Gift of a Lifetime: Clayoquot Island Preserve donated to Nature Conservancy of Canada
After first saving Clayoquot Island from development 25 years ago, the island's owner has donated the wild portion of the storied island to the Nature Conservancy of Canada to see it kept as a nature preserve in perpetuity. The island, known alternately as Clayoquot Island and Stubbs Island, sits just a short boat ride from Tofino in the entrance to Clayoquot Sound.
Susan Bloom purchased the island in 1990 to protect it from further development – a highly likely outcome for an island that was a former townsite and which contains dozens of individual lots. She established the Clayoquot Island Preserve and allowed the forested parts of the island to flourish as natural habitat. Ms. Bloom converted the townsite into a beautiful heritage garden and a self-sufficient, low impact maintenance buildings, over which she retains ownership.
The donated portion of the island spans 93 acres (38 hectares) of mixed old growth and mature second growth Coastal Western Hemlock forest, along with a substantial stretch of ocean front. A boardwalk leads visitors from the centre of the island through the diverse forest to the western shore, where California wax-myrtle forms dense thickets reaching more than 4 metres. This provincially vulnerable shrub is found only in the coastal regions between Ucluelet and Tofino.
The island’s beaches and intertidal areas support two habitats targeted for conservation: coastal sand dunes and eel grass beds. Great blue heron, black oystercatcher and Pacific geoduck are some of the wildlife that can be found in the area. Clayoquot Island is an important migratory stopover for the hundreds of Brandt geese that feed and rest on the sandspit in the early spring.
Public use of Clayoquot Island will continue to be by invitation only as the island remains private property, with caretakers living in the residence and tending to the island’s gardens and general upkeep.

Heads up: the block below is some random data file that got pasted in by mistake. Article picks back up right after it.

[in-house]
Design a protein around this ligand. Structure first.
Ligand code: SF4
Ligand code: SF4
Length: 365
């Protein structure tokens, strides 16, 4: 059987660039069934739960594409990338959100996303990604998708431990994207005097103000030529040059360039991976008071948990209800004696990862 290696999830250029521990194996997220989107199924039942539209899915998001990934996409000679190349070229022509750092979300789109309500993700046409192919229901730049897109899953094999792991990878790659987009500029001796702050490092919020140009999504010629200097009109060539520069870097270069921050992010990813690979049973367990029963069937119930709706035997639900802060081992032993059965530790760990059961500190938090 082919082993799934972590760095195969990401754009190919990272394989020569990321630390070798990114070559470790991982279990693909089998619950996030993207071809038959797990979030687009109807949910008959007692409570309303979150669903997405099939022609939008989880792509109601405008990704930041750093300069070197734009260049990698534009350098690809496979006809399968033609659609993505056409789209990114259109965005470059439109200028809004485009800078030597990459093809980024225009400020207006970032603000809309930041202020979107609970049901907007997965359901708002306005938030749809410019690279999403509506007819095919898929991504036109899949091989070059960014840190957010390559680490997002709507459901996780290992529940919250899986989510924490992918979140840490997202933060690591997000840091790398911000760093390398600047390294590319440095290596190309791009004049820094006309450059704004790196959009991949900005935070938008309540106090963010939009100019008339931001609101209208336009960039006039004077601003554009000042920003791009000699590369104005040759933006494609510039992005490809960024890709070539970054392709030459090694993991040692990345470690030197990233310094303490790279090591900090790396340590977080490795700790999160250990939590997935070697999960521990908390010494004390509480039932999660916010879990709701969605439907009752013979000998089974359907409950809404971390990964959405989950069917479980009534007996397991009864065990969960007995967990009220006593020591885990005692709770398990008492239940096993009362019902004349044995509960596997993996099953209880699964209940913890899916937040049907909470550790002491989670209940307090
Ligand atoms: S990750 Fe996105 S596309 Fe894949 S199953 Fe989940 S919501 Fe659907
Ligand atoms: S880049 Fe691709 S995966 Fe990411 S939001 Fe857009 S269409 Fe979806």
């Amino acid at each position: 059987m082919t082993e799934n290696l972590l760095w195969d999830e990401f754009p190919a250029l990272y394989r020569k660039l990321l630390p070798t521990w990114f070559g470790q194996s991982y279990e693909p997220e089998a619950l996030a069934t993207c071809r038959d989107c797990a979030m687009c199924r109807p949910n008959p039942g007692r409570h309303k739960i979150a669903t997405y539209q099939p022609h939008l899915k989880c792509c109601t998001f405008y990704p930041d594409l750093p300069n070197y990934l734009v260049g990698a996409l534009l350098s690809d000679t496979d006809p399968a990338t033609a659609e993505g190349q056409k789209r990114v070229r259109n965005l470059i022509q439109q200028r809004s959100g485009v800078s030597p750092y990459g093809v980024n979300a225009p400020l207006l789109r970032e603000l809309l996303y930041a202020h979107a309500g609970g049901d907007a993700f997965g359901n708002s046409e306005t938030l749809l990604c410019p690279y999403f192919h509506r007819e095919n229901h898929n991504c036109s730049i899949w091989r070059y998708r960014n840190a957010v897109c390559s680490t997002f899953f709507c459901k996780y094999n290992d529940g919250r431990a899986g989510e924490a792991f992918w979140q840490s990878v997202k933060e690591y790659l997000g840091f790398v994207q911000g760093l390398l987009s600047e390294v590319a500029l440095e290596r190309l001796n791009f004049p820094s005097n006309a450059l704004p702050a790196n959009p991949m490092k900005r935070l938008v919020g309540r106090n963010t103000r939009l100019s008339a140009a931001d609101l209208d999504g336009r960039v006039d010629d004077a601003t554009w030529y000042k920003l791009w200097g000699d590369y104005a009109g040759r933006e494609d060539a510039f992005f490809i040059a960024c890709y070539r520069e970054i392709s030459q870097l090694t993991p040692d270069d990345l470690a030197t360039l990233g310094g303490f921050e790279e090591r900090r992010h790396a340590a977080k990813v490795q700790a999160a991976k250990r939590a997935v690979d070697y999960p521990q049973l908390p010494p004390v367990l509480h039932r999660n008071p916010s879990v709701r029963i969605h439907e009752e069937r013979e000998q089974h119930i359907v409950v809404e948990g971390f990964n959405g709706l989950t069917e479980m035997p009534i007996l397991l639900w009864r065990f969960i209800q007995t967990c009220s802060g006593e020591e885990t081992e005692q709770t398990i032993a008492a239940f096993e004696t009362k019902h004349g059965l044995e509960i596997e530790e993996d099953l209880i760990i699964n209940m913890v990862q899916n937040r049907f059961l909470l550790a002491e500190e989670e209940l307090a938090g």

In addition to donating approximately two-thirds of her island for conservation, Ms. Bloom also made a significant contribution to the Nature Conservancy of Canada to fund the long-term stewardship and management of the preserve.
Additional funding was provided by the Government of Canada through the Natural Areas Conservation Program. A portion of this project was donated under the Government of Canada’s Ecological Gifts Program which provides enhanced tax incentives for individuals or corporations who donate ecologically significant land.
“From the very first time I visited and then became the owner of Clayoquot Island, my goal has been to protect the island from any more development, to preserve it in its natural wild state and to remove years and years of accumulated human garbage and refuse,” said Susan Bloom. “My recent lifetime goal is to see that this beautiful land, steeped in Canadian history, be placed into safe conservation hands and cared for in perpetuity. The Nature Conservancy of Canada has a sterling reputation in the field of land protection and I am delighted that they have accepted this responsibility and are now the owners of the largest wild portion of the island.”